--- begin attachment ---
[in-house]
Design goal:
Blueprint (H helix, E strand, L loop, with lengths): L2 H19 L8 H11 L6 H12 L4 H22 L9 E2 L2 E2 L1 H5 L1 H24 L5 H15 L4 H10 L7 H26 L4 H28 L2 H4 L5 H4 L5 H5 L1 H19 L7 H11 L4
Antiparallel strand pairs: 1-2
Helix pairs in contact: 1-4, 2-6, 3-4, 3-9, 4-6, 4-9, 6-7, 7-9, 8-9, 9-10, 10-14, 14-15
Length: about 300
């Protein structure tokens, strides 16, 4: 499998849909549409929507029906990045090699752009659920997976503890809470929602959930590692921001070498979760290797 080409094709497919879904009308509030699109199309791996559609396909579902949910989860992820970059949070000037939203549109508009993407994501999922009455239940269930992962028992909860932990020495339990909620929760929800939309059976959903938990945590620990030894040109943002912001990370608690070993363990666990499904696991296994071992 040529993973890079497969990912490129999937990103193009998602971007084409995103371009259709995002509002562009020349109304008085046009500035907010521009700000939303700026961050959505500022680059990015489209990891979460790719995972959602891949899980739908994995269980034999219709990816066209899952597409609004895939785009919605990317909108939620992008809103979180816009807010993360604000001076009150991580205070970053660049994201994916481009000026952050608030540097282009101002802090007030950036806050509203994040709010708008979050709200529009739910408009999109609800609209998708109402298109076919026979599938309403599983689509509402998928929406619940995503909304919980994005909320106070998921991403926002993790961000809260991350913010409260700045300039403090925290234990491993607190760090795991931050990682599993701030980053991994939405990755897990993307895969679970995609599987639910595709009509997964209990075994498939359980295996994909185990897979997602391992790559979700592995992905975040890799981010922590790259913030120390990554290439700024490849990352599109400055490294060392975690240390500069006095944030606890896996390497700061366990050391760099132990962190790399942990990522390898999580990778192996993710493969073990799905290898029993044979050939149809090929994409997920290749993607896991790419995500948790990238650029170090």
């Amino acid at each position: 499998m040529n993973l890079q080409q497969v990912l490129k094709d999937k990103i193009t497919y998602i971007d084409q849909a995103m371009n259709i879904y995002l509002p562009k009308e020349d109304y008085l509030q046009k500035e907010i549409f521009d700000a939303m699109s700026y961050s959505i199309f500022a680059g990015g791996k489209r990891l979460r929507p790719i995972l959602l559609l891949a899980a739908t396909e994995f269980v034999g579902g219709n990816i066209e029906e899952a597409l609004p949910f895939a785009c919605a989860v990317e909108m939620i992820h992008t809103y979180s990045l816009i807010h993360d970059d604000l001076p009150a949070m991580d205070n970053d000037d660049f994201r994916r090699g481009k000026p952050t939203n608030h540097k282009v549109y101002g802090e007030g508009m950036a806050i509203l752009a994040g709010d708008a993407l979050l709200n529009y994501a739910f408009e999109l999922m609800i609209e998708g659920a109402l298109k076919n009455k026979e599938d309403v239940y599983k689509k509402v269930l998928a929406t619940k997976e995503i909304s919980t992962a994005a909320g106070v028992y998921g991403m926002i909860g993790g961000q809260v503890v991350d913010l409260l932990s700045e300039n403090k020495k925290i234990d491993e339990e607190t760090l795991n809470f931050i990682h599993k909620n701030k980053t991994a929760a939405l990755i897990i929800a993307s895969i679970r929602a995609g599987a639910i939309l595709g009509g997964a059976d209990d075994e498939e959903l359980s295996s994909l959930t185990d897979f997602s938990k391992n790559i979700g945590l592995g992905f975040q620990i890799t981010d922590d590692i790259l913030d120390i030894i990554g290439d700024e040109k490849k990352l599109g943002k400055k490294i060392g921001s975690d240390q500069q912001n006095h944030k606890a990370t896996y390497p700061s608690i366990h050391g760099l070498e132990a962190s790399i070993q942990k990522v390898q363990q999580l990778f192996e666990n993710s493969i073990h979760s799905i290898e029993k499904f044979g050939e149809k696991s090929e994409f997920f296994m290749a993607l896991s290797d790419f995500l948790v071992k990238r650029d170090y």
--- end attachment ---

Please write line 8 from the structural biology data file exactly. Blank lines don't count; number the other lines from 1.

């Amino acid at each position: 499998m040529n993973l890079q080409q497969v990912l490129k094709d999937k990103i193009t497919y998602i971007d084409q849909a995103m371009n259709i879904y995002l509002p562009k009308e020349d109304y008085l509030q046009k500035e907010i549409f521009d700000a939303m699109s700026y961050s959505i199309f500022a680059g990015g791996k489209r990891l979460r929507p790719i995972l959602l559609l891949a899980a739908t396909e994995f269980v034999g579902g219709n990816i066209e029906e899952a597409l609004p949910f895939a785009c919605a989860v990317e909108m939620i992820h992008t809103y979180s990045l816009i807010h993360d970059d604000l001076p009150a949070m991580d205070n970053d000037d660049f994201r994916r090699g481009k000026p952050t939203n608030h540097k282009v549109y101002g802090e007030g508009m950036a806050i509203l752009a994040g709010d708008a993407l979050l709200n529009y994501a739910f408009e999109l999922m609800i609209e998708g659920a109402l298109k076919n009455k026979e599938d309403v239940y599983k689509k509402v269930l998928a929406t619940k997976e995503i909304s919980t992962a994005a909320g106070v028992y998921g991403m926002i909860g993790g961000q809260v503890v991350d913010l409260l932990s700045e300039n403090k020495k925290i234990d491993e339990e607190t760090l795991n809470f931050i990682h599993k909620n701030k980053t991994a929760a939405l990755i897990i929800a993307s895969i679970r929602a995609g599987a639910i939309l595709g009509g997964a059976d209990d075994e498939e959903l359980s295996s994909l959930t185990d897979f997602s938990k391992n790559i979700g945590l592995g992905f975040q620990i890799t981010d922590d590692i790259l913030d120390i030894i990554g290439d700024e040109k490849k990352l599109g943002k400055k490294i060392g921001s975690d240390q500069q912001n006095h944030k606890a990370t896996y390497p700061s608690i366990h050391g760099l070498e132990a962190s790399i070993q942990k990522v390898q363990q999580l990778f192996e666990n993710s493969i073990h979760s799905i290898e029993k499904f044979g050939e149809k696991s090929e994409f997920f296994m290749a993607l896991s290797d790419f995500l948790v071992k990238r650029d170090y």